His last film literally relied on buckets and buckets of blood and mountains and mountains of practical effects for its thrills, which is 100% A-Okay as it was a fucking Evil Dead remake.
It makes sense that he’d opt for a complete 180 on his next film in terms of scale which is impressive given the earlier film also revolves around a single location. Whereas that movie was about keeping the monsters out, Don’t Breathe is all about escape, both literally and figuratively.
Right off the bat, I feel safe in saying this just may be the most technically efficient film I’ve seen all year. Not a moment is wasted and everything builds towards an the climax. For example, we maybe get 15 minutes with our three leads before they set out for the score of a lifetime. In hindsight, that’s really all we need to get a sense of who these people are. Sure, some are favored over others but it’s incredibly efficient to keep things relatively simple on a movie build around such a basic concept. Once are “heroes” are in the house, there isn’t going to be a single second your at ease for a good reminder of the movie.
And that extends to the camera work as well. Cinematographer Pedro Luque glides through each room, between people, giving a sense of painful urgency as if we too are trapped in this nightmare house. There’s a masterful shot early on that takes across the house, room to room, setting up important bits along the way.
Often times the use of “Chekov’s gun” can be a little obnoxious, particularly in a horror movie. This movie had several and each and every one of them worked. Even the use of a dog, usually an element that gets tossed off unless it’s the main monster, feels important and shocking here. I loved how Luque gives his location a sense of scale, importance and detail that ultimately work far in favor to the film’s success. By the end of the take, we know just about every nook and cranny as well as the Blind Man does. The film uses long takes to give it immediacy and pitch perfect sound design that makes every gunshot sound like a cannon going off and uses silence as a key to building tension. And breaking that silence will almost certainly mean death.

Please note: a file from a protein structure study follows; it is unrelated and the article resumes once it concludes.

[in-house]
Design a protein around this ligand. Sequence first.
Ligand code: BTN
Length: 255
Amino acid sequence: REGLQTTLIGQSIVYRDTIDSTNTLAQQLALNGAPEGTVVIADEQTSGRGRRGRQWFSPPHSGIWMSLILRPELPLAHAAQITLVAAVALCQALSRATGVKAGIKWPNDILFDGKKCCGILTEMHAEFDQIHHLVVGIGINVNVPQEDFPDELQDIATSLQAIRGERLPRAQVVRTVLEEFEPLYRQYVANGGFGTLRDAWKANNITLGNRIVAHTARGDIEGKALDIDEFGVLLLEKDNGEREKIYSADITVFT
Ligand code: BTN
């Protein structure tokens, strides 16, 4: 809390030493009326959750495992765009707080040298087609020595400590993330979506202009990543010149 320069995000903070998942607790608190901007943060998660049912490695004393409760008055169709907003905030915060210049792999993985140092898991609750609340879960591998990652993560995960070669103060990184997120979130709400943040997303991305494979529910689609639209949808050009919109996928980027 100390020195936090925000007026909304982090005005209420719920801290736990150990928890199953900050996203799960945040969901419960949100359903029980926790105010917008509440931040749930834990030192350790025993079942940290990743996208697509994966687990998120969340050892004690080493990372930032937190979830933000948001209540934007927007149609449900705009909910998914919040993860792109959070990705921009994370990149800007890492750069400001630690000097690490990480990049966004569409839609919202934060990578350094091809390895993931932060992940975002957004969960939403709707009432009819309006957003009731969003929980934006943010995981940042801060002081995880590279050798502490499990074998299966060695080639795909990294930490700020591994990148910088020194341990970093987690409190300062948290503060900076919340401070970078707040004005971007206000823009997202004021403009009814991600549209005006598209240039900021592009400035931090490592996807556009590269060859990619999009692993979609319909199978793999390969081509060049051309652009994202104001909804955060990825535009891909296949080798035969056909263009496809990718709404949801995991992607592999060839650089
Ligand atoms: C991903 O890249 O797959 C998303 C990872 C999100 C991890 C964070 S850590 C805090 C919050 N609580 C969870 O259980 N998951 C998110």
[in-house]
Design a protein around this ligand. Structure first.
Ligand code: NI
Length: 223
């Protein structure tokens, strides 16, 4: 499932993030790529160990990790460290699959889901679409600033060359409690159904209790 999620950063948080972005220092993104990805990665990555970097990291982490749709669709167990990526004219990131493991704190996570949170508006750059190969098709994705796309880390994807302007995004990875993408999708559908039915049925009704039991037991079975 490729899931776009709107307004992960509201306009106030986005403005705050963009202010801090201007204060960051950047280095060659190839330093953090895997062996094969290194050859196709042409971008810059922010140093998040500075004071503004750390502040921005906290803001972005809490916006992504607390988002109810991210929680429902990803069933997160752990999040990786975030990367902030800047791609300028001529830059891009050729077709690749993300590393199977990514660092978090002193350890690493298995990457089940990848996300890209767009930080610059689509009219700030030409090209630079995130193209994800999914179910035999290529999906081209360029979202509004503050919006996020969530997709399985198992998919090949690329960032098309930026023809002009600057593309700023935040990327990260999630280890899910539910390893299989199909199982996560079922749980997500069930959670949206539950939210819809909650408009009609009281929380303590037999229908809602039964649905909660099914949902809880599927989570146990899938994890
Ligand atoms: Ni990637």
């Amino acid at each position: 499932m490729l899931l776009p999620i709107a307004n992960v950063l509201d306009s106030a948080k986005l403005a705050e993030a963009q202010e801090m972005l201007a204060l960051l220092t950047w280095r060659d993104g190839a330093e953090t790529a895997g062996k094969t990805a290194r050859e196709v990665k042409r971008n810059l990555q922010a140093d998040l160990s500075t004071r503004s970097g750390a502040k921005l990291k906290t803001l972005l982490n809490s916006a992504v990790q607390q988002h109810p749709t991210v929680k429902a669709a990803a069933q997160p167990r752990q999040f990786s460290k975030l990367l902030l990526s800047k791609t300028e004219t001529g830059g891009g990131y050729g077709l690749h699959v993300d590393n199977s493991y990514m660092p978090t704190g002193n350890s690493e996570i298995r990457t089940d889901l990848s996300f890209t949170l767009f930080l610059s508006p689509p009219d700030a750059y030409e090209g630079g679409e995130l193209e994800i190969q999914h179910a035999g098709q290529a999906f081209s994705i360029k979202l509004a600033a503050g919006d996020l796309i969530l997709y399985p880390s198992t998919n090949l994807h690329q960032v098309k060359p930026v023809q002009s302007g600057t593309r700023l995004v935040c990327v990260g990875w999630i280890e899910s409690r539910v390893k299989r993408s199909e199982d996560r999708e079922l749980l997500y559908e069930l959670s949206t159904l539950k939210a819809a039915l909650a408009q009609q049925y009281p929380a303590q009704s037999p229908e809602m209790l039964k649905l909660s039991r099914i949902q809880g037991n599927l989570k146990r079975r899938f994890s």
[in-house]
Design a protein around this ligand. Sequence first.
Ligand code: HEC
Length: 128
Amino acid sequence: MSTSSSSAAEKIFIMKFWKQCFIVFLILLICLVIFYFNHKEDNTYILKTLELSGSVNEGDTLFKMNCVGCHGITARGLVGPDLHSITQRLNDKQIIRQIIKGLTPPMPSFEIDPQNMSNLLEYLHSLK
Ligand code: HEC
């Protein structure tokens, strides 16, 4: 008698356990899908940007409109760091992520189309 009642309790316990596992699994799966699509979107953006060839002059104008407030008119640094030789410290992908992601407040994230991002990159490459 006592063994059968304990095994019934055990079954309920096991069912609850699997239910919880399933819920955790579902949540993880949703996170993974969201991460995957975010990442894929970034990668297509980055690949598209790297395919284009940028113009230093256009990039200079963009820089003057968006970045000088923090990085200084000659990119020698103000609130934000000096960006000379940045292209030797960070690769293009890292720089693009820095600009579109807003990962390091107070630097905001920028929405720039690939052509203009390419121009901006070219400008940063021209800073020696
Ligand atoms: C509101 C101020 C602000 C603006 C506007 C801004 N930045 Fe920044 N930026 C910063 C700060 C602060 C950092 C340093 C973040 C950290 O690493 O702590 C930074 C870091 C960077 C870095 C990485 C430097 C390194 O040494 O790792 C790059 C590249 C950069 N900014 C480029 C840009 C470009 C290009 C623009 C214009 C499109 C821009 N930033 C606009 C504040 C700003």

The only section of the house we aren’t made privy to in the aforementioned tracking shot is the basement, which leads to perhaps the best sequence of the movie in which all of our characters are placed upon an even playing field. It harkens back to a similar sequence in Silence of the Lambs…
Like our young thieves, we have no idea who or what’s around the next corner. As far as I’m concerned, it’s the scariest scene any movie has pulled off since the much cited introduction of Mr. Babadook. Which brings me to a quick point I don’t know if I’ve harped on in the past or not but perhaps the most underrated aspect of the horror genre is sound design. Well placed sounds can go a long way in term of creating mood and spiking tension. Knowing when to cut music, add music, amplify noises, dull them and more is a talent in an of itself and a lot of the most successful scares in Don’t Breathe stem straight from sound design. If this were a just world, horror films (those that use sound in such a strong, concise way as this film) would lead the pack for the awards come Oscar season.
You can easily pick away at this film’s plot. It’s a horror movie after all and character’s make stupid decisions. If we were dealing with certified geniuses you’d end up with something like this…
That isn’t to say the characters are one note, or even the meat bags we’ve grown accustomed to in modern horror. Quite the opposite actually.
Teaming up once again with Jane Levy, Alvarez puts his leading actress through the same emotional and physical ringer he did with Evil Dead. One can’t help but draw parallels between Sam Raimi (another returning Alvarez collaborator) and Bruce Campbell. The two truly brought out the best in one another and the same could be said of Levy and Alvarez.
By and large, Levy’s Rocky is given the most to do in terms of actual depth and characterization. Her two cohorts (played by Dylan Minnette and Daniel Zovatto) still feel important, albeit a little less developed. This isn’t really a fault; more of an observation. It’d have been nice to get a better sense of who the other guys are, but for what it’s worth, they make their mark.
While we’re on the subject of the film’s cast, let’s talk a little bit about our monster….
It wouldn’t be fair to say Stephen Lang’s role as The Blind Man (he is never formally named in the film) is a “star-making” performance. The man has been putting out solid work for decades, not to mention he is a major player in a little movie called Avatar you may or may not have heard of from a few years back.